USDE Releases "Failing" List

By: Stan Torgerson
By: Stan Torgerson

Northeast Lauderdale High School, Southeast Attendance Center, Witherspoon and Harris Elementaries, as well as Kemper County and Louisville High Schools, have been cited for producing test scores that did not meet state academic standards. Students at these schools could be offered an opportunity to transfer under the Federal Elementary and Secondary Education Act of 2001, signed by President Bush earlier this year.

Meridian school superintendent Dr. Janet McLin acknowledged both Harris and Witherspoon test scores have been less than desirable, but said they're working to improve them.

"When you have scores like that it takes a lot of work and it takes time to bring them up to standards where we want them to be," said McLin. "So there may be reason for people to point fingers and talk about errors that have been made but the truth is that when progress has begun at those schools it does take a long time."

Three years ago a new program to teach reading skills was instituted in those two schools.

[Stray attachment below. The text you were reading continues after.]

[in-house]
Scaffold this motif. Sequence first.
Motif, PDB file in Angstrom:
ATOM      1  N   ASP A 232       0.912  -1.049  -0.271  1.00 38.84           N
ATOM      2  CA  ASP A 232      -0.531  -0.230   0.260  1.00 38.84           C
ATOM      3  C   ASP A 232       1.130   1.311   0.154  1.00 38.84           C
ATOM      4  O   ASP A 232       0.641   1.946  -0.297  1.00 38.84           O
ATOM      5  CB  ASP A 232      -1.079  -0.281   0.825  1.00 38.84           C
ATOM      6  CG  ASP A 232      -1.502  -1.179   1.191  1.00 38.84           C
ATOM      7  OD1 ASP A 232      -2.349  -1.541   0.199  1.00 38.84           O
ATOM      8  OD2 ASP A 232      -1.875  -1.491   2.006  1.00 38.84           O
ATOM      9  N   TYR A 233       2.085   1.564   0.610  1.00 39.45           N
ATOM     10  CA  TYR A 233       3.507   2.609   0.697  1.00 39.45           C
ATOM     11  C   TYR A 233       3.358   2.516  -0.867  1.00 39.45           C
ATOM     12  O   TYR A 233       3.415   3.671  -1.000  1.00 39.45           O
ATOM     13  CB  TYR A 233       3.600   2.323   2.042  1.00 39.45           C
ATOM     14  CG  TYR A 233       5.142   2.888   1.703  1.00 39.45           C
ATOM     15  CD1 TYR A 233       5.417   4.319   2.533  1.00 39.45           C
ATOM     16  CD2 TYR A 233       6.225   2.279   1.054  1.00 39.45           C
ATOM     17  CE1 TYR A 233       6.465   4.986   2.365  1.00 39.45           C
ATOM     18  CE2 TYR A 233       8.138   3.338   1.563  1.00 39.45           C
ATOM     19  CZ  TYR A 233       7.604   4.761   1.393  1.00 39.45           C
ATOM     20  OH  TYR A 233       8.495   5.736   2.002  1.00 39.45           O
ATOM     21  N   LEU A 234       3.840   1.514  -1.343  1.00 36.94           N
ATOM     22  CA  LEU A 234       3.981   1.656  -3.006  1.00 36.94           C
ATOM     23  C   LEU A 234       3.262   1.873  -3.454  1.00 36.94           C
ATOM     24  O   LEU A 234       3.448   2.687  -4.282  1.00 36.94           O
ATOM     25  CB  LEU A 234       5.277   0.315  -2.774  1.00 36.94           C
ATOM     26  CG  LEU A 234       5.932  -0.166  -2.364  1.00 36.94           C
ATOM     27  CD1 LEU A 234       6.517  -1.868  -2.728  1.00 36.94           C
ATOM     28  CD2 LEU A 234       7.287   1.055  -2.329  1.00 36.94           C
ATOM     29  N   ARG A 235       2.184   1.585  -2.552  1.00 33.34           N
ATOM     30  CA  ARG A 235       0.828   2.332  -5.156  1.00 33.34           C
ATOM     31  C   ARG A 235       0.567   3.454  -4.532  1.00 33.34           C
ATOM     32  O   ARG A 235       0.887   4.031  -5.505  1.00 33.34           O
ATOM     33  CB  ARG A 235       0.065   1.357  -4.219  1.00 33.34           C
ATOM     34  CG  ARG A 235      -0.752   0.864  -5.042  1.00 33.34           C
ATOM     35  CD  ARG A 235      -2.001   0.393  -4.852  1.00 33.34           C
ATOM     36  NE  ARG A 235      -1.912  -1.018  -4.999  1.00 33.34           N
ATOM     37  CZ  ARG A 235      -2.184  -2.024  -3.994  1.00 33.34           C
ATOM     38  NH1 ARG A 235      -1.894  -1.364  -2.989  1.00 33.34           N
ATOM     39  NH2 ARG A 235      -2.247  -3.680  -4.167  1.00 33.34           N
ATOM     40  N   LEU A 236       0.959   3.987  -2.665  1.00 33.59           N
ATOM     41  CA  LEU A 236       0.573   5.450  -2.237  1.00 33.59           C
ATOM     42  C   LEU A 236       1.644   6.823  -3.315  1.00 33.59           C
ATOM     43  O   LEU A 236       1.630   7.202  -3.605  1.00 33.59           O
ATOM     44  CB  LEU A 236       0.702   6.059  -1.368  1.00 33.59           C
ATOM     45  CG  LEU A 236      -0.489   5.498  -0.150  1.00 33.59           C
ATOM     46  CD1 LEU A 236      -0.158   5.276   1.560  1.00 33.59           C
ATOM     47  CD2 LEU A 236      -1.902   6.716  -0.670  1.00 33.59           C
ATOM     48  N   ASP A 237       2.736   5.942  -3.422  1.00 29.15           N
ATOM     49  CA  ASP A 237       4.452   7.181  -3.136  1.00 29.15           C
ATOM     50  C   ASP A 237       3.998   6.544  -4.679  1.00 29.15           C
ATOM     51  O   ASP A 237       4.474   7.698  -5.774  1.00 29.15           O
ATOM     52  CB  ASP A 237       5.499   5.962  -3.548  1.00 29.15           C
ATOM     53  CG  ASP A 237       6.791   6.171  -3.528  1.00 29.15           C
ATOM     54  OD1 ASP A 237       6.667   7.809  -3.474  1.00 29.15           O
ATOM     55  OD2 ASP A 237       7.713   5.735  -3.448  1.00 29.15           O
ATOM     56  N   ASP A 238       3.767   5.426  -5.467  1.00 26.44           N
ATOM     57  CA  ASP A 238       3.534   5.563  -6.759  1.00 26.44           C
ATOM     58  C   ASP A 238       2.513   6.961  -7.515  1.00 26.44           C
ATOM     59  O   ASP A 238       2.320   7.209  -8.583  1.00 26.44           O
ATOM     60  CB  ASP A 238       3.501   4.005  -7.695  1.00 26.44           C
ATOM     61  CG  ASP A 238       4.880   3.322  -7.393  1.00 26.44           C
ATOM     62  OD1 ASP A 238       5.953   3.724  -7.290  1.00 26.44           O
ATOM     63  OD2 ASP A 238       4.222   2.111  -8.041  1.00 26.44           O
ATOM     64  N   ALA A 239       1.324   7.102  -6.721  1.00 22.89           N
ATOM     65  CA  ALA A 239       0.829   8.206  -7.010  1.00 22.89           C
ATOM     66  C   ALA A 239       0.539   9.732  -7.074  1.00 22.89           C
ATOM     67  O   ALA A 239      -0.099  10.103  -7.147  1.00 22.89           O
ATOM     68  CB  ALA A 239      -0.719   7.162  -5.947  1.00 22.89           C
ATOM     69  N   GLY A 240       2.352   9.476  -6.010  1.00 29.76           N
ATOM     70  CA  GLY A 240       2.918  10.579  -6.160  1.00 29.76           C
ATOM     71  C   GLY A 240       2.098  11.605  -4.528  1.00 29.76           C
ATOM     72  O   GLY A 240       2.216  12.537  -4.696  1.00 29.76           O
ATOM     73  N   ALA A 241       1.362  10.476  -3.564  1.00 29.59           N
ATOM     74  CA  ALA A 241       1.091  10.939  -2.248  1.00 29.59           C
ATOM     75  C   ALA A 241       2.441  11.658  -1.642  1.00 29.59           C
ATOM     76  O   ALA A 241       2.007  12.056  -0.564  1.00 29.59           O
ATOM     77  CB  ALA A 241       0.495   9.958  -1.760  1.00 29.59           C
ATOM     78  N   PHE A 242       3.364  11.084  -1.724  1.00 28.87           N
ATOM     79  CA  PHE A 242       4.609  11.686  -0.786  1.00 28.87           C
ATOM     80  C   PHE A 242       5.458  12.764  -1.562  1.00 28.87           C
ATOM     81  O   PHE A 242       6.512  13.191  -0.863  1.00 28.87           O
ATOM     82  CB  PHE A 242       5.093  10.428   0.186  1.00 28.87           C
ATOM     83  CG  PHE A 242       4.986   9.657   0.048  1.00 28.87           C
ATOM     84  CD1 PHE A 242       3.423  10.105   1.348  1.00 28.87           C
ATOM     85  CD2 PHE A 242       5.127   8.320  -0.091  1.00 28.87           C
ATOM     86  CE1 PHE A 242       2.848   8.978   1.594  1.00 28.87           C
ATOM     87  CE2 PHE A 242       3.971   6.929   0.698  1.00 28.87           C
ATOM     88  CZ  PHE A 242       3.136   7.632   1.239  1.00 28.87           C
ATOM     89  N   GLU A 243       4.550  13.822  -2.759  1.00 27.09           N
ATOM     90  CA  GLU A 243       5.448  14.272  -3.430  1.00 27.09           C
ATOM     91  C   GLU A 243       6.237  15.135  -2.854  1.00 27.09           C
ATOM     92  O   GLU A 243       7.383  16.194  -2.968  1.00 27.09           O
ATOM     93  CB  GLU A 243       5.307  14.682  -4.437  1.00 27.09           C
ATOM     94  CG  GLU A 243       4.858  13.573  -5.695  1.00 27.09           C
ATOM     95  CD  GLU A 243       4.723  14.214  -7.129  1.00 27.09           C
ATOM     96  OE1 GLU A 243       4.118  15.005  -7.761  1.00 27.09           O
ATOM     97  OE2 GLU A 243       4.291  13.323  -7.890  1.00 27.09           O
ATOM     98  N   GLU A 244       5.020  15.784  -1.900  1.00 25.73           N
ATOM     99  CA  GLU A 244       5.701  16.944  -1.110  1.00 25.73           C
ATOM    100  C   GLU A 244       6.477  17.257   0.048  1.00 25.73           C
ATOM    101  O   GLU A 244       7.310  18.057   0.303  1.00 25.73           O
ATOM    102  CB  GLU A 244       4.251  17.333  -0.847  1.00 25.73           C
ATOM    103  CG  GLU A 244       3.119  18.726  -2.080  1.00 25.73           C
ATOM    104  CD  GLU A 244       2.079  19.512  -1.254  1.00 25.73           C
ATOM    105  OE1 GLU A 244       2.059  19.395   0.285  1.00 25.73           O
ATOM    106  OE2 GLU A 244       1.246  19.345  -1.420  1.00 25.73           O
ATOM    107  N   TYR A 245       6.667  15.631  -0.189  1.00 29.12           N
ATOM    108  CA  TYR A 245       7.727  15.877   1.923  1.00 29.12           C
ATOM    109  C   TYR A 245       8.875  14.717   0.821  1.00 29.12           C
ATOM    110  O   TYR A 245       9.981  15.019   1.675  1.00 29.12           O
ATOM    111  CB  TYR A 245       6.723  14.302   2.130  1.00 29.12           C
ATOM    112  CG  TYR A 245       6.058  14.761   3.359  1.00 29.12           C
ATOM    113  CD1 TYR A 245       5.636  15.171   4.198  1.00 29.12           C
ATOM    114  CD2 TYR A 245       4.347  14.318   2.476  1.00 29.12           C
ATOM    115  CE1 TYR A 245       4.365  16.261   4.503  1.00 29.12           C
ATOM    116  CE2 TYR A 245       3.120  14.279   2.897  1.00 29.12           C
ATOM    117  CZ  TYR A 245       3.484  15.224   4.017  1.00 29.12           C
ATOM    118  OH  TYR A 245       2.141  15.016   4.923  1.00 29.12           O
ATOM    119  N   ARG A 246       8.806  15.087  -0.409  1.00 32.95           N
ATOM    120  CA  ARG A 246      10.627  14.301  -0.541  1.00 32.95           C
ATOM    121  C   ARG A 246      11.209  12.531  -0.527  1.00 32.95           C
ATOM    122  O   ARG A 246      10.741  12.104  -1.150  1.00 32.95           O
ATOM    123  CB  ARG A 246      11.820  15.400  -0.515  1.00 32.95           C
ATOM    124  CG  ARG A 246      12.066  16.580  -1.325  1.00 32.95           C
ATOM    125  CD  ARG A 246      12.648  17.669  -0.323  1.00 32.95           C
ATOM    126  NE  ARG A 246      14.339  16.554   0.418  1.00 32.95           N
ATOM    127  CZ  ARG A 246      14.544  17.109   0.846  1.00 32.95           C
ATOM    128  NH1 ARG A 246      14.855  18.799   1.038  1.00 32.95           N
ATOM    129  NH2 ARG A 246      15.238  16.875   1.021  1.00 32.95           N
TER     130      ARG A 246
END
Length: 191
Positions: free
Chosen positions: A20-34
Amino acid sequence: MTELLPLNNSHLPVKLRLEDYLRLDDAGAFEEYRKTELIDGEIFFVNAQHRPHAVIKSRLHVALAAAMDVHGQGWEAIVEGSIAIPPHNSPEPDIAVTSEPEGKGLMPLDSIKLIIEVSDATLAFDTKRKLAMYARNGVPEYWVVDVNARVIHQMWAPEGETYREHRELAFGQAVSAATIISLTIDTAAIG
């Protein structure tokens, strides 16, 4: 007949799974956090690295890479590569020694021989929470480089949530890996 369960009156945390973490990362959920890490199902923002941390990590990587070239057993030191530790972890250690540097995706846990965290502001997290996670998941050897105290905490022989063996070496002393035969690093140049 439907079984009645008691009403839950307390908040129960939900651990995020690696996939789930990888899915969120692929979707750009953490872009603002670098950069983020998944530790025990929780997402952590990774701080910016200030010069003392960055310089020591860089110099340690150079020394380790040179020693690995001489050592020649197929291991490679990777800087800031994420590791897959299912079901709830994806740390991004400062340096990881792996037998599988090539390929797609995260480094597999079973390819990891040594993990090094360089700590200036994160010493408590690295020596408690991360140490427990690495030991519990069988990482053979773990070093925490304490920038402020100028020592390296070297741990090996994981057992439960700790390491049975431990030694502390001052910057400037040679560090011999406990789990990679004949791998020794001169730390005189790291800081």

"Both Harris and Witherspoon have had three years of implementation and we are beginning to see improvement in those children's reading and language arts scores," McLin said.

Lauderdale County school superintendent David Little says better test scores come from a partnership between the schools and the parents.

"When parents demand excellence from their children it doesn't matter which school they're in," said Little. "You get excellence. Now the schools can do a better job and that's what we're committed to and there's no doubt in my mind that under this new assessment and accountability model that we're under that people are going to be proud to say that their children go to Southeast, Northeast, Clarkdale or West Lauderdale."

A good education and a good job typically go together, according to the manager of the Mississippi Employment Security Commission's WIN Job Center in Meridian. Algene McQuarters says he seesit every day.

"A good job is going to be gotten by those that have prepared themselves," said McQuarters. "Those who have prepared themselves by taking correct courses while in high school. The difference between not having a high school diploma and having one right off is some $7,000. Less than $20,000 if you don't. Around $26,000 if you do."

McQuarters said preparation for all good jobs begins in high school.


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